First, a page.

Three township police officers face misconduct charges following an internal probe that includes witness statements from a Boy Scout and allegations of harassment, sexual affairs and lying on the job.
And more charges may be filed involving two other employees as part of an ongoing investigation, Police Chief Harley Neftzer announced Tuesday.
``Our residents put a high expectation on us for providing professional service,'' he said in expressing his disappointment.
The investigation started last month after a female officer and Officer Marc Brittain, 35, complained that other officers were spreading rumors that they were having an affair. The investigation of their complaints, though, revealed other misconduct, including alleged violations by Brittain.
Officers Walt Peters, 36, and Jason Collins, 31, were issued written reprimands Feb. 1 for making disparaging remarks about the female officer and Brittain. Peters also was charged with failing to respond immediately to a call and faces a pre-disciplinary hearing Thursday.
The investigation also concluded that Brittain often visited the female officer's apartment while he was on duty and lied to dispatchers about his whereabouts.
During some of those visits, he brought along a teenage member of the Police Explorer Post, a program of the Boy Scouts.
The teen told investigators that on one visit, Brittain and the woman disappeared into her bedroom for about 20 minutes while he sat alone in the living room. On other stops, he would wait in the police car. One time the teen entered the apartment to alert Brittain to a call and found the officer in the basement doing laundry, according to the investigative report.
Brittain and the female officer told investigators that they are just friends.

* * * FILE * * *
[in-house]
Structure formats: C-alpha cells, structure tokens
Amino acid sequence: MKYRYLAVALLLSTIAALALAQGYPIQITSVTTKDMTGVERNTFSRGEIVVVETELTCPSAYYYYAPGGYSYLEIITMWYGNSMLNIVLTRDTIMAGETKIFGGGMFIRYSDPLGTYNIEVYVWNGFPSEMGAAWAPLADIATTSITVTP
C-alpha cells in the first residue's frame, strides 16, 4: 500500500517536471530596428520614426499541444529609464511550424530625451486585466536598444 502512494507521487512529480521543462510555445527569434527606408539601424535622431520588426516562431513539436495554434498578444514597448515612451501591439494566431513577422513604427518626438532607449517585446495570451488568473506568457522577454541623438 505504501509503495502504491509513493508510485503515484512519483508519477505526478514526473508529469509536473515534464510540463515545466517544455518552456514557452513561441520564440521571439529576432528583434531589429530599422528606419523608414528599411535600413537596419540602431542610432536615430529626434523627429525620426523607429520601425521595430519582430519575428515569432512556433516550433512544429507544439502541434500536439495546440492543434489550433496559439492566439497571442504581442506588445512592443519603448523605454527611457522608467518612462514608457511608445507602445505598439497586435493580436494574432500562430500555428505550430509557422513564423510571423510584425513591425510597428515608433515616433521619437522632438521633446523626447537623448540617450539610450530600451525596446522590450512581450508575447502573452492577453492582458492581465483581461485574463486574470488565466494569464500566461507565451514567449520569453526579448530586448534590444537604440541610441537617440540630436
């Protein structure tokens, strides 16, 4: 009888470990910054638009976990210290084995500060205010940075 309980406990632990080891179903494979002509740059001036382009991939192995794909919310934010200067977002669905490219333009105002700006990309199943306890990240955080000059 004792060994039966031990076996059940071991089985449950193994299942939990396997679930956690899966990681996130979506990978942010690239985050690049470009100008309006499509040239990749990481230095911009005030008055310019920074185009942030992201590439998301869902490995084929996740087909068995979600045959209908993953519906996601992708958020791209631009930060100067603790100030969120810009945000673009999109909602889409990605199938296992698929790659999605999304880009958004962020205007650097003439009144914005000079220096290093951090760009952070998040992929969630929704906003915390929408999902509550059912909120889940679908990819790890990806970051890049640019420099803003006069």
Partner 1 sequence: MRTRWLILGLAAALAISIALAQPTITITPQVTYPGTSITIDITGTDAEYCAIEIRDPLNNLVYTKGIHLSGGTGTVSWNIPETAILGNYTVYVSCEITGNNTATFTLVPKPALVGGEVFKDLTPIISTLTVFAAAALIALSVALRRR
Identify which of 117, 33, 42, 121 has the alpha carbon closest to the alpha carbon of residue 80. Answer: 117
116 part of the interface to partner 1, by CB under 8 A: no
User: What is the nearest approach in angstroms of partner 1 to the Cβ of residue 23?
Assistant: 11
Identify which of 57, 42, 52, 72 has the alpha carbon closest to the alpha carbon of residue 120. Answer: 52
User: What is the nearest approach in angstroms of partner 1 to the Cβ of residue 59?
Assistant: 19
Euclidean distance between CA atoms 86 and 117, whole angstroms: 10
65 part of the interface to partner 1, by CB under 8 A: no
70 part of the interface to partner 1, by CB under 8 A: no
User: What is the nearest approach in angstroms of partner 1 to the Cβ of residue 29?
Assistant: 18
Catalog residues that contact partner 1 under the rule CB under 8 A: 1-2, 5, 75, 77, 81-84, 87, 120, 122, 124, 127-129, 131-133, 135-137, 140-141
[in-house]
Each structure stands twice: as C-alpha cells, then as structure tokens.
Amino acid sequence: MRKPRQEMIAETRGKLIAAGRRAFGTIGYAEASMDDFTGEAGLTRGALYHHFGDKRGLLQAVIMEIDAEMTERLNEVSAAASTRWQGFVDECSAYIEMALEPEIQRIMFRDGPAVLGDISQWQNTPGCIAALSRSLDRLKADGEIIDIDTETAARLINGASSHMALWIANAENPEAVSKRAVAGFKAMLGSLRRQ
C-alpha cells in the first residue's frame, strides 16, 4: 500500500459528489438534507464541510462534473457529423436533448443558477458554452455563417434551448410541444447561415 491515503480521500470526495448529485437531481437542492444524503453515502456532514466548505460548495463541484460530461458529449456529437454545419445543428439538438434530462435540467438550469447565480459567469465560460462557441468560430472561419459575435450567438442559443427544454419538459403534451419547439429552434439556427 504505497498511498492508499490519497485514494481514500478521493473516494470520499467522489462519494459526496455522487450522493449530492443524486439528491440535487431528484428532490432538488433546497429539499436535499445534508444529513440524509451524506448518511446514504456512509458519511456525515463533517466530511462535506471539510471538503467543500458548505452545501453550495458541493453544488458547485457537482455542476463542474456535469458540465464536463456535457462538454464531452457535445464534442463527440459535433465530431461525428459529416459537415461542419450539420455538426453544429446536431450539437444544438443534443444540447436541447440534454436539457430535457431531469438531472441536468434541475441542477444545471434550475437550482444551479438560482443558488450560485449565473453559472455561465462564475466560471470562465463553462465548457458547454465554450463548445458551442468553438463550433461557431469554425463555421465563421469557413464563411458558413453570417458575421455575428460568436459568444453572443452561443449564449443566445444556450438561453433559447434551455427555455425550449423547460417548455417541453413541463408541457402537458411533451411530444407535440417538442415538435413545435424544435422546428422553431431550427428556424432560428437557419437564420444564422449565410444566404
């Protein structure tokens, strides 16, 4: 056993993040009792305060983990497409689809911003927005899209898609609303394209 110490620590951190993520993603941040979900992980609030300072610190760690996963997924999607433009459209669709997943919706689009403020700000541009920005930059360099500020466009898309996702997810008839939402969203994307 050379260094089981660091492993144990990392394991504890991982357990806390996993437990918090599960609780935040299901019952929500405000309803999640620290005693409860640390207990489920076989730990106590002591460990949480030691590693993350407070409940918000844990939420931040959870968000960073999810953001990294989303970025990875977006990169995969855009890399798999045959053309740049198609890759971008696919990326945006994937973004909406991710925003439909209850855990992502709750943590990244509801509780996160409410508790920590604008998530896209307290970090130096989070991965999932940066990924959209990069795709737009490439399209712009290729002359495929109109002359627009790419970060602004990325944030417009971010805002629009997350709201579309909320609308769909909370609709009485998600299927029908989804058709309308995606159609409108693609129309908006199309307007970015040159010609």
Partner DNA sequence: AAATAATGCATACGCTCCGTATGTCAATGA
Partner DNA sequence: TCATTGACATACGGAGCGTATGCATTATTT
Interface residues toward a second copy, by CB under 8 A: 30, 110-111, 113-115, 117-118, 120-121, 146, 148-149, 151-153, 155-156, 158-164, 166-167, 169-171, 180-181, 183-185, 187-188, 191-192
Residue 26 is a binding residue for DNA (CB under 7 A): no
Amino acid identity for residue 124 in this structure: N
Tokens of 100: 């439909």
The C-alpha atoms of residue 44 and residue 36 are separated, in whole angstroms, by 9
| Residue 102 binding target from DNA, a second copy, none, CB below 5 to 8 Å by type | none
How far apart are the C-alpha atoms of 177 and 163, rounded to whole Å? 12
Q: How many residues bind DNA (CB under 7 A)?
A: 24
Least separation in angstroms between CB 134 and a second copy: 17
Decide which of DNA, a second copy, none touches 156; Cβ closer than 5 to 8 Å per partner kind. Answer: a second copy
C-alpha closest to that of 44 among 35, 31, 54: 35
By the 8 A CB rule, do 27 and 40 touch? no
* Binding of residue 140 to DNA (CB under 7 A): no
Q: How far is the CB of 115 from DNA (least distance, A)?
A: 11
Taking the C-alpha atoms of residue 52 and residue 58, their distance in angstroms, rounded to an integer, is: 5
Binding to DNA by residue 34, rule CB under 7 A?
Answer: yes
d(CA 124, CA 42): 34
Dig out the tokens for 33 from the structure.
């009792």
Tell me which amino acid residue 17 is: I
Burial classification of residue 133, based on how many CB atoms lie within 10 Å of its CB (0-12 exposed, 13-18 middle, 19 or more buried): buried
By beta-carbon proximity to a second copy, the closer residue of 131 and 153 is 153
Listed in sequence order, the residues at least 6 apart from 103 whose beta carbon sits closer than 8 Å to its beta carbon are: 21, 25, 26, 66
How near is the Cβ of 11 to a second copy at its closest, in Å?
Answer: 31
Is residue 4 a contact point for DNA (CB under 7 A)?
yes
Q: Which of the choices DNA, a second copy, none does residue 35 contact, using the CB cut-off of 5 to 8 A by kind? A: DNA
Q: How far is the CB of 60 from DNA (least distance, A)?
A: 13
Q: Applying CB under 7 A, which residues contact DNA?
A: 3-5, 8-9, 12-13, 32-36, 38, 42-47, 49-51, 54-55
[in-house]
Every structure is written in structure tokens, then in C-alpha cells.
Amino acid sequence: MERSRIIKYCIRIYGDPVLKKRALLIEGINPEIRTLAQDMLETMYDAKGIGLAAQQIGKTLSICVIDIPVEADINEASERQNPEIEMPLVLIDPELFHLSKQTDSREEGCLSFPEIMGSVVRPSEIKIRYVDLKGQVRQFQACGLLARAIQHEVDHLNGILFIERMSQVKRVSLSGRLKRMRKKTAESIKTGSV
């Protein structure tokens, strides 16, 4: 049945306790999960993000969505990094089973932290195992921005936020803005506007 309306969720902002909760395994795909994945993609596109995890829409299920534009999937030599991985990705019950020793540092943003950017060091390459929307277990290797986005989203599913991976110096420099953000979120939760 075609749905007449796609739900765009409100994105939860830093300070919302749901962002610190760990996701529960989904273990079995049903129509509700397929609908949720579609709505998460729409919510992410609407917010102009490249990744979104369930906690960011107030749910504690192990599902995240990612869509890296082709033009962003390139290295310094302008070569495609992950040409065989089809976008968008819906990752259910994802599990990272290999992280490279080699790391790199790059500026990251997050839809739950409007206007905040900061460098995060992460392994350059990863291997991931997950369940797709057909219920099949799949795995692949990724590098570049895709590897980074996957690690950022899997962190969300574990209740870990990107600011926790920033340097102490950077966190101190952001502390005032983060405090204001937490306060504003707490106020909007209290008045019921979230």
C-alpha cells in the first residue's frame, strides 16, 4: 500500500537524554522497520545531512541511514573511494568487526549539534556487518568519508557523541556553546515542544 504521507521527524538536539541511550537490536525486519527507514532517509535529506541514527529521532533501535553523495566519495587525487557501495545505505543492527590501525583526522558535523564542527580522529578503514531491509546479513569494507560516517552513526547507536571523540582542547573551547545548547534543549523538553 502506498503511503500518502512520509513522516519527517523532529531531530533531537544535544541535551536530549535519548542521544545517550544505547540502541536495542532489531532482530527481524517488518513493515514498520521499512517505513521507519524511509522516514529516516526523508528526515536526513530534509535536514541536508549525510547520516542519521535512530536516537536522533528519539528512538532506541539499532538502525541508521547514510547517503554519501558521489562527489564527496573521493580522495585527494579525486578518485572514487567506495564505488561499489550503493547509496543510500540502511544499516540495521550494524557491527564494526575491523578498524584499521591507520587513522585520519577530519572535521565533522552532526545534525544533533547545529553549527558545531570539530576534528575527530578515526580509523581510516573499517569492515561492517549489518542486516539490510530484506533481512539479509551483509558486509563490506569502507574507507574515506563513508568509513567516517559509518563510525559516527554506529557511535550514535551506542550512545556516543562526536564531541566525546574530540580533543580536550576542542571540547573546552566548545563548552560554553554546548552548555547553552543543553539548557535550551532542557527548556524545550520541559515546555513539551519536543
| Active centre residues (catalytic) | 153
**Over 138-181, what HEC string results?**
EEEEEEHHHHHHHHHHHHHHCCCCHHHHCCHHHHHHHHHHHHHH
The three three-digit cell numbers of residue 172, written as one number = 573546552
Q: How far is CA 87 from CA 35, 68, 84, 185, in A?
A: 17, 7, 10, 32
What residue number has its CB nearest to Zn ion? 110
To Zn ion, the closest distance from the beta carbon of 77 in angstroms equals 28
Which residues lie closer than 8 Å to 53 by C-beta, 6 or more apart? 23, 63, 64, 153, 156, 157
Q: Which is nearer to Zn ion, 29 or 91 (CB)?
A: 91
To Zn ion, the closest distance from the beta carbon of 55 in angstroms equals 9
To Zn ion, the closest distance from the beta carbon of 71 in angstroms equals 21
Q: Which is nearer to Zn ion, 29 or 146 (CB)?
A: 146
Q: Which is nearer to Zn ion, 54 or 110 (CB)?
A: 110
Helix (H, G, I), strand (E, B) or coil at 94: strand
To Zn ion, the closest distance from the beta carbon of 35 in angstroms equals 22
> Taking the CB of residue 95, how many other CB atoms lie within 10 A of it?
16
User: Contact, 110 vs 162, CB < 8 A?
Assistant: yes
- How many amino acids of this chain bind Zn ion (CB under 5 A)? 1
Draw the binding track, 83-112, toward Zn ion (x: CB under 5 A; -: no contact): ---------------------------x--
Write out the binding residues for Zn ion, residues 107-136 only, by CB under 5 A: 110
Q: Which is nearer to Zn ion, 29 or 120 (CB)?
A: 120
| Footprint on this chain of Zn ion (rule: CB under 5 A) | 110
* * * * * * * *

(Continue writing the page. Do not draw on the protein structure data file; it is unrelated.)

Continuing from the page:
Brittain has been charged with being outside his assigned area without authorization. He also faces a pre-disciplinary hearing on Thursday.
Peters and Brittain could face a written warning, reprimand, suspension or termination. The female officer faces no discipline, Neftzer said.
Peters, Brittain and Collins have worked full time for Jackson police since 2000, 2003 and 1997, respectively.
They could not be reached for comment.
Charles Choate, who represents the officers through the Fraternal Order of Police, said he could not comment on details of the allegations.
The officers' personnel files include numerous complimentary and thank-you letters from residents and supervisors for their work. However, they also have received written reprimands.
Peters was cited for sending an inappropriate e-mail in June 2005. Brittain was reprimanded for an unsafe police pursuit in June 2003. And Collins was cited for being absent from his assigned zone without authorization in December 2004 and not immediately reporting his involvement in a minor traffic accident in August 2004.
As investigators were looking into complaints by the female officer and Brittain, they also uncovered ``an allegation of inappropriate conduct between an off-duty employee and an on-duty employee.'' That investigation is continuing and details will be available after it's completed, Neftzer said.